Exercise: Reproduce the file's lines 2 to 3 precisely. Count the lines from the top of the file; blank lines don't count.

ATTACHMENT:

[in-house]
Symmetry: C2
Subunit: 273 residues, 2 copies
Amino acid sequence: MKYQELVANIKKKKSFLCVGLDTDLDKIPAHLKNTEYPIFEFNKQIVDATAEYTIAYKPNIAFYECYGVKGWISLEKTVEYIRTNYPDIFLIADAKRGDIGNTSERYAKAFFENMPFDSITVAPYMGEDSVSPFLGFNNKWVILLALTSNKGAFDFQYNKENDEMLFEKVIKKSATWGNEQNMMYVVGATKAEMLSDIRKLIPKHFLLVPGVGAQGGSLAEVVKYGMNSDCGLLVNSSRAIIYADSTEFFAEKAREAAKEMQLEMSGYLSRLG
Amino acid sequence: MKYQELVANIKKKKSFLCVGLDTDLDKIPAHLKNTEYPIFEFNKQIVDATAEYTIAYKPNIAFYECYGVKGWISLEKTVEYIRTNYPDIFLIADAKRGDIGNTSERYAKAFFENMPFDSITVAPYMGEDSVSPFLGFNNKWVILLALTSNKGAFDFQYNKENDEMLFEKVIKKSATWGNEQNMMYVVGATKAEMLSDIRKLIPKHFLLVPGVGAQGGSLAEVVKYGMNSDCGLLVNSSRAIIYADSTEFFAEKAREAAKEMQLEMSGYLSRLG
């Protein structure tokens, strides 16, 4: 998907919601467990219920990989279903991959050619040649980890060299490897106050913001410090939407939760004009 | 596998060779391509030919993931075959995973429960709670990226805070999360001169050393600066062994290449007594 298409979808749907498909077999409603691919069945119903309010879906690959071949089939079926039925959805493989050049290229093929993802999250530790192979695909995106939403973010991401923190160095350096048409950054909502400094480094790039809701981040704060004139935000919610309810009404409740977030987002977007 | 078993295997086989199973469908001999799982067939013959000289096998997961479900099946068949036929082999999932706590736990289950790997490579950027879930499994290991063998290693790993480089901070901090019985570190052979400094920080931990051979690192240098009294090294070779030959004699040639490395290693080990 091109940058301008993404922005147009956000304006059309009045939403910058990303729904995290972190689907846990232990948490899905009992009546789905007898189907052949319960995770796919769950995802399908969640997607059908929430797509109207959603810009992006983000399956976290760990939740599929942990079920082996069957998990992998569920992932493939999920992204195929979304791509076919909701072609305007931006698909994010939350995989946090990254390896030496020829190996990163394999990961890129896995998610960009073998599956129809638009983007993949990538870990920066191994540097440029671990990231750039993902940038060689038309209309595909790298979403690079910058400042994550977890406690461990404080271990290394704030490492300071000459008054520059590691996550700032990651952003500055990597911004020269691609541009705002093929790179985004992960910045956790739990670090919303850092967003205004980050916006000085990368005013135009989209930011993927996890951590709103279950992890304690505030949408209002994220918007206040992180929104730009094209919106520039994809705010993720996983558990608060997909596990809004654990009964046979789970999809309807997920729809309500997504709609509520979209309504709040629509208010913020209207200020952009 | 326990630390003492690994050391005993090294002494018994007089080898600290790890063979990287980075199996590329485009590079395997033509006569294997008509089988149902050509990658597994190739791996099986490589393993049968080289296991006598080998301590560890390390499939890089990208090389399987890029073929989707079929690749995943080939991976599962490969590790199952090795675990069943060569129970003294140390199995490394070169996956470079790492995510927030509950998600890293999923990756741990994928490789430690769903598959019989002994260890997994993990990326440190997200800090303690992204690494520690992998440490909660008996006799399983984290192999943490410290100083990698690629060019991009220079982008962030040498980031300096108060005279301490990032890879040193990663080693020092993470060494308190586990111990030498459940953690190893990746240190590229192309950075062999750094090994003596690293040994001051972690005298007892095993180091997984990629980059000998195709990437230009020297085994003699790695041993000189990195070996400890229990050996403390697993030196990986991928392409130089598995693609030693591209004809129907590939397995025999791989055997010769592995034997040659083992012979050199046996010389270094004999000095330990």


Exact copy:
Symmetry: C2
Subunit: 273 residues, 2 copies